Another Day, Another Oakland A’s trade
Billy Beane’s frenetic December continues with the A’s trading one 25 year old, left-handed starter for another. The Rockies get Brett Anderson and $2 million, while the A’s receive Drew Pomeranz and minor league right-hander Chris Jensen. To me, this looks like another clear win for the A’s.
Anderson had a terrific rookie year at age 21 in 2009, but elbow problems which ultimately resulted in Tommy John surgery ruined most of the next three seasons. He came back late in the 2012 season after the surgery and pitched extremely well in six starts. However, a stress fracture in his foot ruined most of his 2013 season, and he didn’t pitch particularly well when he returned from this injury in late August.
Meanwhile, Pomeranz has been a disappointment in Denver, but he’s a former No. 2 overall draft pick, and I suspect a big part of his past problems relate to the difficulty in trying to develop pitching prospects in Coors Field, MLB’s worst park by far for pitchers. However, it needs to be noted that Pomeranz has pitched much worse on the road than at home during his time with the Rockies.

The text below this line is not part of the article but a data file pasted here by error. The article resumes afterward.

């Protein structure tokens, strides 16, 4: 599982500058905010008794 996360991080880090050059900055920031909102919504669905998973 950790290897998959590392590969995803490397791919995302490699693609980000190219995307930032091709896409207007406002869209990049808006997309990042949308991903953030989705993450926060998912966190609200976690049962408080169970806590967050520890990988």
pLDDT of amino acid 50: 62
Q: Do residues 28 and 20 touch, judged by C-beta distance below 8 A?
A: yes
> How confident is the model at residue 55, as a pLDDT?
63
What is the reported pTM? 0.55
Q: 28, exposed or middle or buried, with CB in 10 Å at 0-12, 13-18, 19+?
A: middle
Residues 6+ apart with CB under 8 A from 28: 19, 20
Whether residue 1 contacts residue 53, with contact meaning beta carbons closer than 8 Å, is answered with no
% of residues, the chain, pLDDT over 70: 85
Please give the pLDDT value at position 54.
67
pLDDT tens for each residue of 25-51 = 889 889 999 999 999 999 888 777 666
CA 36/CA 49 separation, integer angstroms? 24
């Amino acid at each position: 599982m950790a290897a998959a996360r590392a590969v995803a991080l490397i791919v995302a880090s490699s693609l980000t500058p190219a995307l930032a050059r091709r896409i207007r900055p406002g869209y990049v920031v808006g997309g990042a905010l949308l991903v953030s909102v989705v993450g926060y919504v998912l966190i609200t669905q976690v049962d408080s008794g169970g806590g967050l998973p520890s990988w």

Not only will Pomeranz be leaving Denver, but he’ll now be pitching his home games at the Oakland Coliseum, one of the five or six best pitchers’ parks in MLB. I will not be at all surprised if Anderson looks terrible pitching for the Rockies next year, while Pomeranz suddenly seems to put it all together in Oakland.
Additionally, the A’s get a pitcher who is a year younger (Pomeranz just turned 25, while Anderson turns 26 in February), much less expansive and under team control for five more seasons, compared to two for Anderson. The A’s threw $2 million into the deal, but that’s nothing compared to what the A’s will save by swapping Anderson for Pomeranz. The A’s also get a B-grade pitching prospect who pitched fairly well at Class A+ Modesto last year at age 22.
Getting a young, inexpensive pitcher who still has a lot of upside for an injury-prone starter you don’t really have room for is pretty much the definition of a no-brainer.